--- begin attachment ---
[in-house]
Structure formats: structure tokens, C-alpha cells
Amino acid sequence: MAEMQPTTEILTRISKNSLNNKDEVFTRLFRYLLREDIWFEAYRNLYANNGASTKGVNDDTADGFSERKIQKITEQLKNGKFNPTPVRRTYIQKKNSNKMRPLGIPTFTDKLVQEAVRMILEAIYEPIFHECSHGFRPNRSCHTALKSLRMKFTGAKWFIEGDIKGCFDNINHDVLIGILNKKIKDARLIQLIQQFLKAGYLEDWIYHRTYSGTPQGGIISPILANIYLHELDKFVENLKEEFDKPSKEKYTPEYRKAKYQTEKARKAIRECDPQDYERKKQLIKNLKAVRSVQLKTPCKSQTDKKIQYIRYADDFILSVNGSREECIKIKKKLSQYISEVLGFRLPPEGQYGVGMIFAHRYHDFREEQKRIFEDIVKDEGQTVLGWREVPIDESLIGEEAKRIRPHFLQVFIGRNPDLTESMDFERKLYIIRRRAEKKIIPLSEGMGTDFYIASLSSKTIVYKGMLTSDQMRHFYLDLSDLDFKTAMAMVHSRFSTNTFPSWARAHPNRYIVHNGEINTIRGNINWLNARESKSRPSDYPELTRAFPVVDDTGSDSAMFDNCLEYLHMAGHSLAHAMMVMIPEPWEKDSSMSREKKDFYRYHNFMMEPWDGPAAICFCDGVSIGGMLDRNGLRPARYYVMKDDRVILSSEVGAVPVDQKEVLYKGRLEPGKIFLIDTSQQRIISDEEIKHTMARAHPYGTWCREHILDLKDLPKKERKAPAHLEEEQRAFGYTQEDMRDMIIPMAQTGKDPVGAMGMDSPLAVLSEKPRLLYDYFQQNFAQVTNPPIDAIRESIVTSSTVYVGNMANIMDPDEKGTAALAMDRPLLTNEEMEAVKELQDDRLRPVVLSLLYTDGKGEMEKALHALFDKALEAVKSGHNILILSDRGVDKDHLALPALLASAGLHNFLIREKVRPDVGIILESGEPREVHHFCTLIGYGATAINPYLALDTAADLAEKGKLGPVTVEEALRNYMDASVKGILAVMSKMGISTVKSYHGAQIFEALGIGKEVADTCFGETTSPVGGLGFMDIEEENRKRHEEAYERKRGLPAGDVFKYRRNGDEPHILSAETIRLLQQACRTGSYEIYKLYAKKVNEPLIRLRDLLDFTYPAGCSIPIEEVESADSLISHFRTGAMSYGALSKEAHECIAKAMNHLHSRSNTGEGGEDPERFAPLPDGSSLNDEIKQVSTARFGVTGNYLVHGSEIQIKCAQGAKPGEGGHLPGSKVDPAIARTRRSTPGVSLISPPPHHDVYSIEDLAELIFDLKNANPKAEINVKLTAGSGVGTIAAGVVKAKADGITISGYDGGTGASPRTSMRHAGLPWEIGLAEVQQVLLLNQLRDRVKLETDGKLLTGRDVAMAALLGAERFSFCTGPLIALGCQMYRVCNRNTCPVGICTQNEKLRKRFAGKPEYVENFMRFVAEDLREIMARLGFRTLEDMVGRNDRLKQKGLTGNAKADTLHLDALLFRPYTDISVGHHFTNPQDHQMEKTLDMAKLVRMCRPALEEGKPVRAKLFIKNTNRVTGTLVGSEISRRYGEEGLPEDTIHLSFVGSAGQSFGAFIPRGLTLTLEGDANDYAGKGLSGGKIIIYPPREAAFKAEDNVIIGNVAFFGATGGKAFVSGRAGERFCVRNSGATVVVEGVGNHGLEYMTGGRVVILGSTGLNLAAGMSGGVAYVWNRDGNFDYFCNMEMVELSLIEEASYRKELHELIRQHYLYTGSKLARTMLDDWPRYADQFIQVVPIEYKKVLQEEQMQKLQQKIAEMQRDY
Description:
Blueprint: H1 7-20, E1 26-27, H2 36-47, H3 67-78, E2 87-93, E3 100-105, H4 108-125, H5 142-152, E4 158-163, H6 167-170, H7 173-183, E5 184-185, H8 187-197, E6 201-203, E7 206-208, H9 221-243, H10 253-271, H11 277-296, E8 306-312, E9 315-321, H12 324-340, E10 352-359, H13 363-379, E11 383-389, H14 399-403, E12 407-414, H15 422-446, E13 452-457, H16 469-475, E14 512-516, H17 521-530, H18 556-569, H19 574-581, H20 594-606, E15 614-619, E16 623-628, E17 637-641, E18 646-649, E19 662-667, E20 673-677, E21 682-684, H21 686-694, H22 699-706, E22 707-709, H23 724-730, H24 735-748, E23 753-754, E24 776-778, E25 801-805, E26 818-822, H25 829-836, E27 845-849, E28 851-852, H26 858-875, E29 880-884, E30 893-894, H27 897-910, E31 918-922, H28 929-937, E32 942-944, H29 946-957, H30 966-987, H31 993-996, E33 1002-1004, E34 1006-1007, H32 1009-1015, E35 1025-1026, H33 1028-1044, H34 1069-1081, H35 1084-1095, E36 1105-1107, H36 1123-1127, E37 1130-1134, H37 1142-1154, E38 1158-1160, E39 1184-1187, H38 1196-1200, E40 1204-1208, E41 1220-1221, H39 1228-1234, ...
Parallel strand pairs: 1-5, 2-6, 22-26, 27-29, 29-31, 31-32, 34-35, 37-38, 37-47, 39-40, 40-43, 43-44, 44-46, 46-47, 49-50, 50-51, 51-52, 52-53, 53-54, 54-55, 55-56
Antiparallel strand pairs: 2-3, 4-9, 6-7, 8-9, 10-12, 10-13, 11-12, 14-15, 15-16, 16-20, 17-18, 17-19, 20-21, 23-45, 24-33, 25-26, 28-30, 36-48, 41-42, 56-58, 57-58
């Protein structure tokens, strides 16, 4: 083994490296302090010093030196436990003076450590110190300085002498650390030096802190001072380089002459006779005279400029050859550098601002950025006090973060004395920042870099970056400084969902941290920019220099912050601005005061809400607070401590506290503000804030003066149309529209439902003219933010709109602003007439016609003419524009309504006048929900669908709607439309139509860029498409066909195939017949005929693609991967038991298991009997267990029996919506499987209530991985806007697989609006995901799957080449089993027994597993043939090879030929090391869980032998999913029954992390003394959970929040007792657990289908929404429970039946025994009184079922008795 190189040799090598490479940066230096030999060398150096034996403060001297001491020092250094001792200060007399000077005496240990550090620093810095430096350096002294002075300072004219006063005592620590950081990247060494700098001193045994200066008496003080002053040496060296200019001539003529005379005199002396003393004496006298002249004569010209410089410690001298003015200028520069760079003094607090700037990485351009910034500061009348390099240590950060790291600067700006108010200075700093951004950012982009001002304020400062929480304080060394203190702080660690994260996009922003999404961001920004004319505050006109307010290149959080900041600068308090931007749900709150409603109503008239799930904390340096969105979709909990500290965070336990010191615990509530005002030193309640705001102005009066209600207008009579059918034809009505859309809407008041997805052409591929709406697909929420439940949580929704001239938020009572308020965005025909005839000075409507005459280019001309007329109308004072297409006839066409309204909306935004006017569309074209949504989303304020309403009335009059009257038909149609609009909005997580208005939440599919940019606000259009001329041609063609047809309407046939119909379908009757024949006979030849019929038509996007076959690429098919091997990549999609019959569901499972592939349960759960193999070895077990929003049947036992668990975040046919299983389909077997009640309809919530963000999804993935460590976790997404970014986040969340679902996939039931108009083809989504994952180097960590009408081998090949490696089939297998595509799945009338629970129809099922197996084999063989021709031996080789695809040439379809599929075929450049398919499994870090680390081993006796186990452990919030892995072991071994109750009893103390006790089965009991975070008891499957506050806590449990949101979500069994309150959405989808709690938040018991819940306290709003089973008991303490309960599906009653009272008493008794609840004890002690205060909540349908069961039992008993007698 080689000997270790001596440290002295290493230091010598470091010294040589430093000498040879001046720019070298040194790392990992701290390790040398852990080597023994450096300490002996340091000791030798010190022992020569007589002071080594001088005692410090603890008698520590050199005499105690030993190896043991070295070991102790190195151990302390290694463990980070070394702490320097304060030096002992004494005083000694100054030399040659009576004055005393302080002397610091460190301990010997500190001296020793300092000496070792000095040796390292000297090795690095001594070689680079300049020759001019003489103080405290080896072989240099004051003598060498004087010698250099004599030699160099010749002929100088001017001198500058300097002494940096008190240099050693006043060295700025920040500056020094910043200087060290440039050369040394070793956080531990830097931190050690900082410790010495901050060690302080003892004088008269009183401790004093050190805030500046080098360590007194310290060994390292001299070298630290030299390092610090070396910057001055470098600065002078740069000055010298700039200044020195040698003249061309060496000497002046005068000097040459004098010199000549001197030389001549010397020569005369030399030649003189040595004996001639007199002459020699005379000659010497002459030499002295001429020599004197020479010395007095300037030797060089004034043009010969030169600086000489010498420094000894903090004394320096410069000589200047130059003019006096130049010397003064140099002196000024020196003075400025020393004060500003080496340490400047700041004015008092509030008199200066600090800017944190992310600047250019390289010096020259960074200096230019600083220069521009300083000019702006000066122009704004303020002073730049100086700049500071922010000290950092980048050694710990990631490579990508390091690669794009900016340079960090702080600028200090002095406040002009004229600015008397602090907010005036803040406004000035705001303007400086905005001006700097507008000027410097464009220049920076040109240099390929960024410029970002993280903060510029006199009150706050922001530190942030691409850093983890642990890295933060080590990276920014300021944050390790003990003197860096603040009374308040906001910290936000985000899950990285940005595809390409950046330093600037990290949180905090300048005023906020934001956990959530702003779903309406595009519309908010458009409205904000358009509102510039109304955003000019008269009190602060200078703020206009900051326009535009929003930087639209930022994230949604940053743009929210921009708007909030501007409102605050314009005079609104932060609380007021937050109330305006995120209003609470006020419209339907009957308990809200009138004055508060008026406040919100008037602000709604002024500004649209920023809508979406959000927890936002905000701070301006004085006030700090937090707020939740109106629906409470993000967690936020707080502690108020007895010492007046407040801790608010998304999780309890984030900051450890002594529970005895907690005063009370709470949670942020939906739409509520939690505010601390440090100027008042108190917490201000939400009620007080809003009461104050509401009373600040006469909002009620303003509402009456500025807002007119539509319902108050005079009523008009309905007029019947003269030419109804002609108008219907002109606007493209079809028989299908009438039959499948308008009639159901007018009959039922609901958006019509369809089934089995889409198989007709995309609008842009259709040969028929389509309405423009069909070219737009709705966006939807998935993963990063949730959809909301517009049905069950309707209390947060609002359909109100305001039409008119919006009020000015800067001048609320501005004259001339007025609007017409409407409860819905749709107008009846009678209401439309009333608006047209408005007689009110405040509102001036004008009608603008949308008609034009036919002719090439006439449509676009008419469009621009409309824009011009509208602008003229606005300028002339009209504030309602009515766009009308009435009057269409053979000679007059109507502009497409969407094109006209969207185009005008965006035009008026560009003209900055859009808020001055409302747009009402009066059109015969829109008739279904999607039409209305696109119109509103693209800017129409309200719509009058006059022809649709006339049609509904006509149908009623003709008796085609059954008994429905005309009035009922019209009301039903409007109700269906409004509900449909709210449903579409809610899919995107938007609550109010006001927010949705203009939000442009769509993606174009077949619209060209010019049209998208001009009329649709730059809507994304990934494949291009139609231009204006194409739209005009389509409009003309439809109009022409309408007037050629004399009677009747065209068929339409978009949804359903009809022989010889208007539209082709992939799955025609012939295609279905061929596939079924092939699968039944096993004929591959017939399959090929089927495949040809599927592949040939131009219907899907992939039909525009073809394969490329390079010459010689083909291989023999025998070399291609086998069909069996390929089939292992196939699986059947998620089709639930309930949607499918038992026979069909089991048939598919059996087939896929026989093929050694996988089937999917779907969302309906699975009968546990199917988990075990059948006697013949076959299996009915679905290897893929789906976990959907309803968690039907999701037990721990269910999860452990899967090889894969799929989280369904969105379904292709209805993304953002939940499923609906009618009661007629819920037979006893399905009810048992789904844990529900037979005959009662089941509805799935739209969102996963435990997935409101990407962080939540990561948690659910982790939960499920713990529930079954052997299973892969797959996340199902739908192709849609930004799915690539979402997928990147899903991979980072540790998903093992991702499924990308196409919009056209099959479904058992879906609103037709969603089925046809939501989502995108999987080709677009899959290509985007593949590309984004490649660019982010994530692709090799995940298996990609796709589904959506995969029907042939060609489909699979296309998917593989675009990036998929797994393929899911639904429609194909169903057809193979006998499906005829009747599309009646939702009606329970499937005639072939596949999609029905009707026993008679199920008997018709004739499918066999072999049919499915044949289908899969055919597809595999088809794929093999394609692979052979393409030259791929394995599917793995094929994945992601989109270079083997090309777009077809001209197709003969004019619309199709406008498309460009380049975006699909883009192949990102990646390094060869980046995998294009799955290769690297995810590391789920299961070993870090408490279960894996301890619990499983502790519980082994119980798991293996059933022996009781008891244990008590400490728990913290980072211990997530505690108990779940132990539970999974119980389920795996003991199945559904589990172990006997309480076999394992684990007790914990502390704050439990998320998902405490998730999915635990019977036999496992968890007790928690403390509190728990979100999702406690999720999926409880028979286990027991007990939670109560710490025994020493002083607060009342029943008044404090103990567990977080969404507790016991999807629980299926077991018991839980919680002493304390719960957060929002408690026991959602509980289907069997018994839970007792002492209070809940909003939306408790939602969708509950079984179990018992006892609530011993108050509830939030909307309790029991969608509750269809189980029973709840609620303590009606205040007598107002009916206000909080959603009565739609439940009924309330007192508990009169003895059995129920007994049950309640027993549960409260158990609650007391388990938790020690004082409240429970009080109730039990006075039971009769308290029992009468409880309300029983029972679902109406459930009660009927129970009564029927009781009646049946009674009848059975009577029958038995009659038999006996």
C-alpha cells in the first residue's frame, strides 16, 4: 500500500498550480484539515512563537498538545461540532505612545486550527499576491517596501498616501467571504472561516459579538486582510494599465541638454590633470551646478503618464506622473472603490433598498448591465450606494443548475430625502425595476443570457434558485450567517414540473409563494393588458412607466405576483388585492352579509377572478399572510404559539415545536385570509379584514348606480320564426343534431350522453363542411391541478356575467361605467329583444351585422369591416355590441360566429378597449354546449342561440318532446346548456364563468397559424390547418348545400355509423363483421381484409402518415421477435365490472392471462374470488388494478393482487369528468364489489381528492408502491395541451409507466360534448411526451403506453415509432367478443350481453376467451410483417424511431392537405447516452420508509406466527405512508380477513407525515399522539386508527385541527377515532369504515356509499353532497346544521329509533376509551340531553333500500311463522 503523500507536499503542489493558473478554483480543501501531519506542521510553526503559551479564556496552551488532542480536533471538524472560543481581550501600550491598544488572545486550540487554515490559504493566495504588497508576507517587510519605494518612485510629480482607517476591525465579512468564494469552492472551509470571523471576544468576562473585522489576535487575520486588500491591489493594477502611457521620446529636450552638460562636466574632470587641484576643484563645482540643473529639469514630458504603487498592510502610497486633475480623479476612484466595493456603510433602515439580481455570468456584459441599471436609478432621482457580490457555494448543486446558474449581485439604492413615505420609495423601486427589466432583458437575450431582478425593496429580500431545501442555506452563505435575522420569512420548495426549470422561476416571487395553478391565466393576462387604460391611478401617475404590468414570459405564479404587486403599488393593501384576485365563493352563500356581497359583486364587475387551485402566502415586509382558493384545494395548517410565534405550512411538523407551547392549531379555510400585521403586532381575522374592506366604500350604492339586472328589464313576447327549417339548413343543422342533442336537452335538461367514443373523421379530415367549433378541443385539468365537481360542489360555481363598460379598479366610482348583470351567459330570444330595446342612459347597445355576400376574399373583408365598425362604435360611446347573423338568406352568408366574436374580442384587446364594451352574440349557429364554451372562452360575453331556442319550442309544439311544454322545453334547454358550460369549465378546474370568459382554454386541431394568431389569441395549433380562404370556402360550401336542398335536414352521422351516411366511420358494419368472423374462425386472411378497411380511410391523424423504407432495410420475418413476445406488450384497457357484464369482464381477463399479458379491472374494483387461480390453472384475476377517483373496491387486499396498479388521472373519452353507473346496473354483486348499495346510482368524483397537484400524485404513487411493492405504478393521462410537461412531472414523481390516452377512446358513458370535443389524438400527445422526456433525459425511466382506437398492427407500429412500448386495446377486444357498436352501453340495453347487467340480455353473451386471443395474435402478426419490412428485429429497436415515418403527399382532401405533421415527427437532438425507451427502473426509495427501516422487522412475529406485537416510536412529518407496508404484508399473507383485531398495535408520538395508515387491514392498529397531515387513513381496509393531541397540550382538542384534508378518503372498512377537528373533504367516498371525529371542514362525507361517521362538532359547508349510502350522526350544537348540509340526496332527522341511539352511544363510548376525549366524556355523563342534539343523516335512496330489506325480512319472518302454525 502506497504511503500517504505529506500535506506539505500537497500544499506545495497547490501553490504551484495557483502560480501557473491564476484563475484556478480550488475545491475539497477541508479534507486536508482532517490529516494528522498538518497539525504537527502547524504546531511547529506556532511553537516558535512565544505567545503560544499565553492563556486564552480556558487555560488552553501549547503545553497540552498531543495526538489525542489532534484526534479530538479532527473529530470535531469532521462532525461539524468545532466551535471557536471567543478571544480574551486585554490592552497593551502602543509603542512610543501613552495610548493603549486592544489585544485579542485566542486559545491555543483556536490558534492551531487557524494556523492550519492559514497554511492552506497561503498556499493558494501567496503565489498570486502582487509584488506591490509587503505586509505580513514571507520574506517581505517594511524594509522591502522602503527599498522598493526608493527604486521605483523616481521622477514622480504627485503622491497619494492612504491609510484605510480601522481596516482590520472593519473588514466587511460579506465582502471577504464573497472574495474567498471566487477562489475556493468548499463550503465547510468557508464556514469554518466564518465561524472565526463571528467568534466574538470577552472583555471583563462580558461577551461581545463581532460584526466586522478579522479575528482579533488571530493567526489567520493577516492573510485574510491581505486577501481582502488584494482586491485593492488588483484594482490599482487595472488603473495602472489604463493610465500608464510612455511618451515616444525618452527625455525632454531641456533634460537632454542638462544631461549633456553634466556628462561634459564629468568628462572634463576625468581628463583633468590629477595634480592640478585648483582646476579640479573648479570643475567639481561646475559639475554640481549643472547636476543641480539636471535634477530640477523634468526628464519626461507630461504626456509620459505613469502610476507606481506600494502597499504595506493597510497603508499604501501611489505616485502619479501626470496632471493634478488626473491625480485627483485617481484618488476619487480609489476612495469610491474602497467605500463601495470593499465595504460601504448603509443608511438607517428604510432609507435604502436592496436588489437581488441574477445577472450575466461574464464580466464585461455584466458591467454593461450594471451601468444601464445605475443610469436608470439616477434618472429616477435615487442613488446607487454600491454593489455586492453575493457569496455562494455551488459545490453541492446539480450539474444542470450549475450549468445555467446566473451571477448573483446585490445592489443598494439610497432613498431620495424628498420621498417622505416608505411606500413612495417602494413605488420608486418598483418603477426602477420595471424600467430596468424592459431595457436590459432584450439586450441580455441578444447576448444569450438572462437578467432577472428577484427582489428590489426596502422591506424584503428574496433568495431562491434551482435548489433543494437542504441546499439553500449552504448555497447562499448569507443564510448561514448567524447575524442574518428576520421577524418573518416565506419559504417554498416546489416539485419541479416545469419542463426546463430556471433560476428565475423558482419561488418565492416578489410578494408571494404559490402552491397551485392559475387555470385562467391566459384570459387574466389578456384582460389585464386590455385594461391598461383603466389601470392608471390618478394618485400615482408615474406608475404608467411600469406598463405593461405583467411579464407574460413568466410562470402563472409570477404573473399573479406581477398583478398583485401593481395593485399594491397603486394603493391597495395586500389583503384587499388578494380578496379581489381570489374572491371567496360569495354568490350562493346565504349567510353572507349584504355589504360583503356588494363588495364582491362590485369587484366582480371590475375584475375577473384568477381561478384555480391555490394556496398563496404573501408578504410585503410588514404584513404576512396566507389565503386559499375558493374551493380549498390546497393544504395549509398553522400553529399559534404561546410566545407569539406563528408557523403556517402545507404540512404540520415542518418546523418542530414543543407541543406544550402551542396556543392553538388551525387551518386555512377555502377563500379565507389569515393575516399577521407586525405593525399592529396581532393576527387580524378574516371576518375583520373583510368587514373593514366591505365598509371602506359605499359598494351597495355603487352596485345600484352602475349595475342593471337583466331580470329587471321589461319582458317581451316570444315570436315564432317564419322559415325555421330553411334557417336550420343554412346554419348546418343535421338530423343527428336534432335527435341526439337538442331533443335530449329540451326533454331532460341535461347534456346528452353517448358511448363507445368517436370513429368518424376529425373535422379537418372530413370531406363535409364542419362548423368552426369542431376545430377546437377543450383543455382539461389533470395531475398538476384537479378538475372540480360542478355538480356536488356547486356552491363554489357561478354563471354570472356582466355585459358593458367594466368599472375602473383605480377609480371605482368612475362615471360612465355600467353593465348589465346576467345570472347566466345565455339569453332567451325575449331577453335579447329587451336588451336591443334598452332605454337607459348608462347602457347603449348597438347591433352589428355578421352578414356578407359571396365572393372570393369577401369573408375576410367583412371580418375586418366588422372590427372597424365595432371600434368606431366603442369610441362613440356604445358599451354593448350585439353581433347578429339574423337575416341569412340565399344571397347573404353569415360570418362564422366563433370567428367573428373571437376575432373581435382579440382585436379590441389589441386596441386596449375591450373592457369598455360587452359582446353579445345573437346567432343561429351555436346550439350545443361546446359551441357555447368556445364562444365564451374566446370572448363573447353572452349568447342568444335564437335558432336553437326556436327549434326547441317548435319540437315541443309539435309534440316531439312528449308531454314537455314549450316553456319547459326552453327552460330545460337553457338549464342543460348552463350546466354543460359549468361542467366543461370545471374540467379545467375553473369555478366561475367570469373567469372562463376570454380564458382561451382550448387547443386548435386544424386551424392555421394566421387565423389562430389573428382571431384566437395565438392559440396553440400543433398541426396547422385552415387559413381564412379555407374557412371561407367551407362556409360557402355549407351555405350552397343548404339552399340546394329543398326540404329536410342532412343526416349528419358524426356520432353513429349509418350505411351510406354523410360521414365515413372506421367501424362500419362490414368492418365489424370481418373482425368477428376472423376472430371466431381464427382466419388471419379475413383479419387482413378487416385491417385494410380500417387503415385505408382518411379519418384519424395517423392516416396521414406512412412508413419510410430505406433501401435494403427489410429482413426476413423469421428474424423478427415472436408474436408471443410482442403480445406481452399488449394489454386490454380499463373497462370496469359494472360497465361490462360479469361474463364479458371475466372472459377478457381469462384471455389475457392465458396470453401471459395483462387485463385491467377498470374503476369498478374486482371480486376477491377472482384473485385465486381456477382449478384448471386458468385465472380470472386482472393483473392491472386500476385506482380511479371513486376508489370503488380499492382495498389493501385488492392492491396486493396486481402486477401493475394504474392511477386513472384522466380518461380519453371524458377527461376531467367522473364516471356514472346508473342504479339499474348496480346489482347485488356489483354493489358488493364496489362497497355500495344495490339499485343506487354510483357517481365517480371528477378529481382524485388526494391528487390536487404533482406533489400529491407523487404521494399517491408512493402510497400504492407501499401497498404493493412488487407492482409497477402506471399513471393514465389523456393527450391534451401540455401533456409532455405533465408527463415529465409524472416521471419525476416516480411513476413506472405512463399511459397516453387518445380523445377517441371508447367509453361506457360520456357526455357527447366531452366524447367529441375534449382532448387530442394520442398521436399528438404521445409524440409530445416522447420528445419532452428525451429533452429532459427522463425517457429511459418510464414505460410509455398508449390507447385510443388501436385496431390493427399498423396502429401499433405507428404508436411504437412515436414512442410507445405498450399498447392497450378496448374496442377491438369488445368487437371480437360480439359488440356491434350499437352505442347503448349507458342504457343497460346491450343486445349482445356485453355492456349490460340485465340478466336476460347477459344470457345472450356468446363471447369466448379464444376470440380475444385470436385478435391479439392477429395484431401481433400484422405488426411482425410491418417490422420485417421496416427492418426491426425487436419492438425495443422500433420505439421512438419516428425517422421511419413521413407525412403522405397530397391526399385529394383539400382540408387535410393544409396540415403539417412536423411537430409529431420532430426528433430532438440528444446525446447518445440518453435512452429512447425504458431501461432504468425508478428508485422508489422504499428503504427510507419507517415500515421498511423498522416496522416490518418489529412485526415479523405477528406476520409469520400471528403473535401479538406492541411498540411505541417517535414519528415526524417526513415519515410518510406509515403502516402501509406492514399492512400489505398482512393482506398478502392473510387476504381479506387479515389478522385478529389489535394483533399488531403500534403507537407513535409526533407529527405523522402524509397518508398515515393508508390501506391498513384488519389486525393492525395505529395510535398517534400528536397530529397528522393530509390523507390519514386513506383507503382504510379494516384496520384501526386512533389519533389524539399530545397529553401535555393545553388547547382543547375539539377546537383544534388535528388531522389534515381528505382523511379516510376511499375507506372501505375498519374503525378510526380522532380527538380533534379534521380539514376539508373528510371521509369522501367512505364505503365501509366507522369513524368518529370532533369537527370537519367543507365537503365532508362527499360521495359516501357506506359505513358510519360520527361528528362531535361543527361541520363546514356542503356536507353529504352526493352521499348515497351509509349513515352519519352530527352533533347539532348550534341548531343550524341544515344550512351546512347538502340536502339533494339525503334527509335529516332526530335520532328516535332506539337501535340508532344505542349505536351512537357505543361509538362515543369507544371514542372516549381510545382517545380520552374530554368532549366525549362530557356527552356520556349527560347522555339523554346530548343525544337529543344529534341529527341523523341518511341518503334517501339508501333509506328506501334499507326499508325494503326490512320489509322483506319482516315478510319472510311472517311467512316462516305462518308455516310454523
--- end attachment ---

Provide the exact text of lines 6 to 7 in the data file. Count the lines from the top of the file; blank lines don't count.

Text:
Parallel strand pairs: 1-5, 2-6, 22-26, 27-29, 29-31, 31-32, 34-35, 37-38, 37-47, 39-40, 40-43, 43-44, 44-46, 46-47, 49-50, 50-51, 51-52, 52-53, 53-54, 54-55, 55-56
Antiparallel strand pairs: 2-3, 4-9, 6-7, 8-9, 10-12, 10-13, 11-12, 14-15, 15-16, 16-20, 17-18, 17-19, 20-21, 23-45, 24-33, 25-26, 28-30, 36-48, 41-42, 56-58, 57-58